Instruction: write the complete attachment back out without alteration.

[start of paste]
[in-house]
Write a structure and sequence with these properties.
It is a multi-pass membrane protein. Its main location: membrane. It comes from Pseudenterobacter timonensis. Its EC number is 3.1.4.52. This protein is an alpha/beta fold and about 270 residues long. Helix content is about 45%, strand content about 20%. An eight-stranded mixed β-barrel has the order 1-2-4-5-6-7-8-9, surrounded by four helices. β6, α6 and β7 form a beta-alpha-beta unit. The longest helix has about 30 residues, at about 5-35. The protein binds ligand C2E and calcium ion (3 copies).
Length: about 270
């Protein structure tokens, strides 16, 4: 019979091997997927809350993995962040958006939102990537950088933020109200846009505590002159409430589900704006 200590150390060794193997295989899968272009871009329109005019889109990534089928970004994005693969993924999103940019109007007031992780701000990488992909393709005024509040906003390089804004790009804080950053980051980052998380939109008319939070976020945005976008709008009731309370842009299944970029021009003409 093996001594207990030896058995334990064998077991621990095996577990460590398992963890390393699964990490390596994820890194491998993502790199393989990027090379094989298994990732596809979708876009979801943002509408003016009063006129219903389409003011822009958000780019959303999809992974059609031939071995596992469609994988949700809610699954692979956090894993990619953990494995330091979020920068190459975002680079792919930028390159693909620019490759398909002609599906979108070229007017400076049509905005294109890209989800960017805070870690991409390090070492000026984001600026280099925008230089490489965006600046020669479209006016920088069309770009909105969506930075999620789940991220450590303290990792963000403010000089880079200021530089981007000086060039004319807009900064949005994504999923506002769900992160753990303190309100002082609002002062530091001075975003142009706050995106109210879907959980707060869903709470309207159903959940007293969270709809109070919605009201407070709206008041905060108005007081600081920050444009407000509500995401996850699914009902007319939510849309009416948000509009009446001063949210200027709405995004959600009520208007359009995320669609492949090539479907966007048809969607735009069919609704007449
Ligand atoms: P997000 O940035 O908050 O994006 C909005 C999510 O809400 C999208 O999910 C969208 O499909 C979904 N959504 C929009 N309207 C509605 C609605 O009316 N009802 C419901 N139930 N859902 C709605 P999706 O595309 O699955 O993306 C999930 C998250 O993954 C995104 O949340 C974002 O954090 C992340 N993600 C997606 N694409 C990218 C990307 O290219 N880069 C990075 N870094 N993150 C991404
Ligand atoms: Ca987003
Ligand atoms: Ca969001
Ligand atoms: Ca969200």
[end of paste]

[in-house]
Write a structure and sequence with these properties.
It is a multi-pass membrane protein. Its main location: membrane. It comes from Pseudenterobacter timonensis. Its EC number is 3.1.4.52. This protein is an alpha/beta fold and about 270 residues long. Helix content is about 45%, strand content about 20%. An eight-stranded mixed β-barrel has the order 1-2-4-5-6-7-8-9, surrounded by four helices. β6, α6 and β7 form a beta-alpha-beta unit. The longest helix has about 30 residues, at about 5-35. The protein binds ligand C2E and calcium ion (3 copies).
Length: about 270
């Protein structure tokens, strides 16, 4: 019979091997997927809350993995962040958006939102990537950088933020109200846009505590002159409430589900704006 200590150390060794193997295989899968272009871009329109005019889109990534089928970004994005693969993924999103940019109007007031992780701000990488992909393709005024509040906003390089804004790009804080950053980051980052998380939109008319939070976020945005976008709008009731309370842009299944970029021009003409 093996001594207990030896058995334990064998077991621990095996577990460590398992963890390393699964990490390596994820890194491998993502790199393989990027090379094989298994990732596809979708876009979801943002509408003016009063006129219903389409003011822009958000780019959303999809992974059609031939071995596992469609994988949700809610699954692979956090894993990619953990494995330091979020920068190459975002680079792919930028390159693909620019490759398909002609599906979108070229007017400076049509905005294109890209989800960017805070870690991409390090070492000026984001600026280099925008230089490489965006600046020669479209006016920088069309770009909105969506930075999620789940991220450590303290990792963000403010000089880079200021530089981007000086060039004319807009900064949005994504999923506002769900992160753990303190309100002082609002002062530091001075975003142009706050995106109210879907959980707060869903709470309207159903959940007293969270709809109070919605009201407070709206008041905060108005007081600081920050444009407000509500995401996850699914009902007319939510849309009416948000509009009446001063949210200027709405995004959600009520208007359009995320669609492949090539479907966007048809969607735009069919609704007449
Ligand atoms: P997000 O940035 O908050 O994006 C909005 C999510 O809400 C999208 O999910 C969208 O499909 C979904 N959504 C929009 N309207 C509605 C609605 O009316 N009802 C419901 N139930 N859902 C709605 P999706 O595309 O699955 O993306 C999930 C998250 O993954 C995104 O949340 C974002 O954090 C992340 N993600 C997606 N694409 C990218 C990307 O290219 N880069 C990075 N870094 N993150 C991404
Ligand atoms: Ca987003
Ligand atoms: Ca969001
Ligand atoms: Ca969200």